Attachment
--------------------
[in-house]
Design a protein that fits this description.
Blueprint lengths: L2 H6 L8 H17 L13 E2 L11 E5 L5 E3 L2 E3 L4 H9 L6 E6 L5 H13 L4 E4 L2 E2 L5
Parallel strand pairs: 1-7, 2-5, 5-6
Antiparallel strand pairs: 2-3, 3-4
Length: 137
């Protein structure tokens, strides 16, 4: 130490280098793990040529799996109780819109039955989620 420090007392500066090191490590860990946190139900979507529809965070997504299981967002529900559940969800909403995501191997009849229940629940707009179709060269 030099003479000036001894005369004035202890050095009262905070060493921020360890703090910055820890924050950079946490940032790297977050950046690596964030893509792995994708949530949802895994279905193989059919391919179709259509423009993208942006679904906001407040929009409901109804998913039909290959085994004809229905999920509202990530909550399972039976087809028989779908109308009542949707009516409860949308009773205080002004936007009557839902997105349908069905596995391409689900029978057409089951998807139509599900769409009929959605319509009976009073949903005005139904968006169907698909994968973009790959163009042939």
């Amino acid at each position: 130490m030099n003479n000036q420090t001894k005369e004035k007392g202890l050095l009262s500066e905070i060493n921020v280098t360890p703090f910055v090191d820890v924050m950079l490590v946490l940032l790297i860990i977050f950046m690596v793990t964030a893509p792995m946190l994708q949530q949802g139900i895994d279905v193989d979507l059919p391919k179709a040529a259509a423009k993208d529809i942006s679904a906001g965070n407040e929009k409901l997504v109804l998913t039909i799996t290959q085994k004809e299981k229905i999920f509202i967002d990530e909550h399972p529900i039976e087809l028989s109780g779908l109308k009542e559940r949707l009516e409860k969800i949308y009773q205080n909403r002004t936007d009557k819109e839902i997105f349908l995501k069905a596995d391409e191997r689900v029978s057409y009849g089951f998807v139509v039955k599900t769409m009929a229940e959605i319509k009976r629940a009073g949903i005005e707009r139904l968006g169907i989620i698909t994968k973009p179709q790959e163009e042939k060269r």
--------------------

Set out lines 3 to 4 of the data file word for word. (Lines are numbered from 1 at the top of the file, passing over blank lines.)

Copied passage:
Blueprint lengths: L2 H6 L8 H17 L13 E2 L11 E5 L5 E3 L2 E3 L4 H9 L6 E6 L5 H13 L4 E4 L2 E2 L5
Parallel strand pairs: 1-7, 2-5, 5-6